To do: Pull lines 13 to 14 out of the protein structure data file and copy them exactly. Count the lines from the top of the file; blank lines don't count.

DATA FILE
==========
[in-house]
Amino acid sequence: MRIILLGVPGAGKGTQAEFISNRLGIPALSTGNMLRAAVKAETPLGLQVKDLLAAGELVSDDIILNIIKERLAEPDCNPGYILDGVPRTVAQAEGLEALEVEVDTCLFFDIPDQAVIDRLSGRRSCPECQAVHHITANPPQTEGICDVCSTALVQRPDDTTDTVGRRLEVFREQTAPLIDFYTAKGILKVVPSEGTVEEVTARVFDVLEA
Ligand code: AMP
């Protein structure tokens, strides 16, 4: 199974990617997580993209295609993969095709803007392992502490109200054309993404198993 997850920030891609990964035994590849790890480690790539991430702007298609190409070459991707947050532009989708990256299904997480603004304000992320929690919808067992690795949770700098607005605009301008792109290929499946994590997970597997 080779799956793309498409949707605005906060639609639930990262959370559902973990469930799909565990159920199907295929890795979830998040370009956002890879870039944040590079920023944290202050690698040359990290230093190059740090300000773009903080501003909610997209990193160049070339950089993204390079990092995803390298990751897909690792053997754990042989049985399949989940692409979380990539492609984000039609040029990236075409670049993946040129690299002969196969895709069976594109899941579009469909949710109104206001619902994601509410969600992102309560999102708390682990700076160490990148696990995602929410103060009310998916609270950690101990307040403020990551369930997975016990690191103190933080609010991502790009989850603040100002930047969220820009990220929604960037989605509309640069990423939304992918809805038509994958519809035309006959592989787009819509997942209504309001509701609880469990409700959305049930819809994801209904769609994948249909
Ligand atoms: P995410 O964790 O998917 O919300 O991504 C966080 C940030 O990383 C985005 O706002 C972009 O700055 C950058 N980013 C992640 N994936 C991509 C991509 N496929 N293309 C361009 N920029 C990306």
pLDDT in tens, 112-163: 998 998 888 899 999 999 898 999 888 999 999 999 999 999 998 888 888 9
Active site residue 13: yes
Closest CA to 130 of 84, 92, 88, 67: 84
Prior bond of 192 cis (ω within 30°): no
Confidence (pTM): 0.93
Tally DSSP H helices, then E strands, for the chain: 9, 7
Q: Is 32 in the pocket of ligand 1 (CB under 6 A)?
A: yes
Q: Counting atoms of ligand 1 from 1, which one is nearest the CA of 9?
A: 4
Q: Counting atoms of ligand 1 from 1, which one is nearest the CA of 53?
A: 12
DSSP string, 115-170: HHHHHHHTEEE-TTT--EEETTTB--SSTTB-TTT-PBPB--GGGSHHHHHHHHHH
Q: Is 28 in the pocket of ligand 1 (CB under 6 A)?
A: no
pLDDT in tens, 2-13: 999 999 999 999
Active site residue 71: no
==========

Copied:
A: yes
Q: Counting atoms of ligand 1 from 1, which one is nearest the CA of 9?